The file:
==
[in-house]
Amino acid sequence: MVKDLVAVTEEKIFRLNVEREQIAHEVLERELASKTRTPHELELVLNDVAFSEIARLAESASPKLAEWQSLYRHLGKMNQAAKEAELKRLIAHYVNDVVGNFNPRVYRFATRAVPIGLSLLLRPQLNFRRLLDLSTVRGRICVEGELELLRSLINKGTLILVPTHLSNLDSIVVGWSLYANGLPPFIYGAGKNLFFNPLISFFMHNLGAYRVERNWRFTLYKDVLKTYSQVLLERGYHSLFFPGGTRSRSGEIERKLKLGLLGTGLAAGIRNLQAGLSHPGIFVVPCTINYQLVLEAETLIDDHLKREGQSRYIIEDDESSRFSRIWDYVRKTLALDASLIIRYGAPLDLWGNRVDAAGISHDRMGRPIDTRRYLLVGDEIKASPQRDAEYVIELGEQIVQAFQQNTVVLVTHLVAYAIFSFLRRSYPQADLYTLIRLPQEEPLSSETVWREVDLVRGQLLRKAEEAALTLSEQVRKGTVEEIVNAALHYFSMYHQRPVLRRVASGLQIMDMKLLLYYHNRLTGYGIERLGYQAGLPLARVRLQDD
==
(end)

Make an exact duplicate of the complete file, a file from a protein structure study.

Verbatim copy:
[in-house]
Amino acid sequence: MVKDLVAVTEEKIFRLNVEREQIAHEVLERELASKTRTPHELELVLNDVAFSEIARLAESASPKLAEWQSLYRHLGKMNQAAKEAELKRLIAHYVNDVVGNFNPRVYRFATRAVPIGLSLLLRPQLNFRRLLDLSTVRGRICVEGELELLRSLINKGTLILVPTHLSNLDSIVVGWSLYANGLPPFIYGAGKNLFFNPLISFFMHNLGAYRVERNWRFTLYKDVLKTYSQVLLERGYHSLFFPGGTRSRSGEIERKLKLGLLGTGLAAGIRNLQAGLSHPGIFVVPCTINYQLVLEAETLIDDHLKREGQSRYIIEDDESSRFSRIWDYVRKTLALDASLIIRYGAPLDLWGNRVDAAGISHDRMGRPIDTRRYLLVGDEIKASPQRDAEYVIELGEQIVQAFQQNTVVLVTHLVAYAIFSFLRRSYPQADLYTLIRLPQEEPLSSETVWREVDLVRGQLLRKAEEAALTLSEQVRKGTVEEIVNAALHYFSMYHQRPVLRRVASGLQIMDMKLLLYYHNRLTGYGIERLGYQAGLPLARVRLQDD